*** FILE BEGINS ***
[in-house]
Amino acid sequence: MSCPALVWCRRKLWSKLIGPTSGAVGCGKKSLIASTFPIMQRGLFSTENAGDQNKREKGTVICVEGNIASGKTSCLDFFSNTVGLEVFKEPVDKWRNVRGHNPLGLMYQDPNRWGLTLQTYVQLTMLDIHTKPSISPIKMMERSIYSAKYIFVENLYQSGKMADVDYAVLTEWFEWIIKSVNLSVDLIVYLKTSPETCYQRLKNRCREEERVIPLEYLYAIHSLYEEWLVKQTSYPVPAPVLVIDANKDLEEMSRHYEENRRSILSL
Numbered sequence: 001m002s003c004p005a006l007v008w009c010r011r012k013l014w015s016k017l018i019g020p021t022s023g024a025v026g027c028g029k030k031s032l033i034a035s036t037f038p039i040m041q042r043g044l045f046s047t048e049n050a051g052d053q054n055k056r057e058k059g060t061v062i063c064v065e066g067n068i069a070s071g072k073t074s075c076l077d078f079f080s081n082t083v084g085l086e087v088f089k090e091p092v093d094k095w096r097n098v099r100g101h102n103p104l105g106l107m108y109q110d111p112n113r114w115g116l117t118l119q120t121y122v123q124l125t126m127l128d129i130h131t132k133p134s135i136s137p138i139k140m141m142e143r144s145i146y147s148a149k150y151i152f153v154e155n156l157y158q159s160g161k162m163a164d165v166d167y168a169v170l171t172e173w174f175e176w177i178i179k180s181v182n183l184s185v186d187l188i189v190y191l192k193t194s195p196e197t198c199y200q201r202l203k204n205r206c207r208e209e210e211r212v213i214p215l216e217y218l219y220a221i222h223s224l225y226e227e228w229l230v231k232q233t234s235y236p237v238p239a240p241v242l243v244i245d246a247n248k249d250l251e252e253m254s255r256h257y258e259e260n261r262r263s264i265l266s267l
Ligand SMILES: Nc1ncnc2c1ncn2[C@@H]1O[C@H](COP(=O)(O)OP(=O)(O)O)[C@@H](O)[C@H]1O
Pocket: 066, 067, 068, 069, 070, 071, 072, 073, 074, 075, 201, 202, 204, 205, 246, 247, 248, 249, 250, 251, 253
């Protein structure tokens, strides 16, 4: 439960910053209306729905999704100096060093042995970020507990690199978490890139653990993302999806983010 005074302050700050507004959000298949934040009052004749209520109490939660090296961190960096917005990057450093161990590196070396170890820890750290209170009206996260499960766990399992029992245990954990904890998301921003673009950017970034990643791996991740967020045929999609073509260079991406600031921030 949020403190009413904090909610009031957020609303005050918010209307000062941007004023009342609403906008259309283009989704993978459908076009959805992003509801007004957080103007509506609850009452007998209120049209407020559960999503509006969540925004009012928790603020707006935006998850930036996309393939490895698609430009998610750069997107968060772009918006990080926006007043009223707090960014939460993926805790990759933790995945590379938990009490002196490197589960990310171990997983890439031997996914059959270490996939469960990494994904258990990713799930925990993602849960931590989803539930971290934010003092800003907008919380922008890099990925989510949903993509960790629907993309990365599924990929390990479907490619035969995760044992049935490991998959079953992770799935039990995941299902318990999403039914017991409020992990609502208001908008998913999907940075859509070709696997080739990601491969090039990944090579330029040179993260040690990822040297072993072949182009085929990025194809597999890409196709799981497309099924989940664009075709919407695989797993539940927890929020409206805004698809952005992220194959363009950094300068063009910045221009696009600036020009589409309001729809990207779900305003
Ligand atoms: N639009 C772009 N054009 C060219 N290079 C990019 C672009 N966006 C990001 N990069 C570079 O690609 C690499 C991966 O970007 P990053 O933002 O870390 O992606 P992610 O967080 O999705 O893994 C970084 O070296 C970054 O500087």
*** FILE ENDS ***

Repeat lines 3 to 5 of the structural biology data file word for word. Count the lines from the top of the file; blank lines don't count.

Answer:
Numbered sequence: 001m002s003c004p005a006l007v008w009c010r011r012k013l014w015s016k017l018i019g020p021t022s023g024a025v026g027c028g029k030k031s032l033i034a035s036t037f038p039i040m041q042r043g044l045f046s047t048e049n050a051g052d053q054n055k056r057e058k059g060t061v062i063c064v065e066g067n068i069a070s071g072k073t074s075c076l077d078f079f080s081n082t083v084g085l086e087v088f089k090e091p092v093d094k095w096r097n098v099r100g101h102n103p104l105g106l107m108y109q110d111p112n113r114w115g116l117t118l119q120t121y122v123q124l125t126m127l128d129i130h131t132k133p134s135i136s137p138i139k140m141m142e143r144s145i146y147s148a149k150y151i152f153v154e155n156l157y158q159s160g161k162m163a164d165v166d167y168a169v170l171t172e173w174f175e176w177i178i179k180s181v182n183l184s185v186d187l188i189v190y191l192k193t194s195p196e197t198c199y200q201r202l203k204n205r206c207r208e209e210e211r212v213i214p215l216e217y218l219y220a221i222h223s224l225y226e227e228w229l230v231k232q233t234s235y236p237v238p239a240p241v242l243v244i245d246a247n248k249d250l251e252e253m254s255r256h257y258e259e260n261r262r263s264i265l266s267l
Ligand SMILES: Nc1ncnc2c1ncn2[C@@H]1O[C@H](COP(=O)(O)OP(=O)(O)O)[C@@H](O)[C@H]1O
Pocket: 066, 067, 068, 069, 070, 071, 072, 073, 074, 075, 201, 202, 204, 205, 246, 247, 248, 249, 250, 251, 253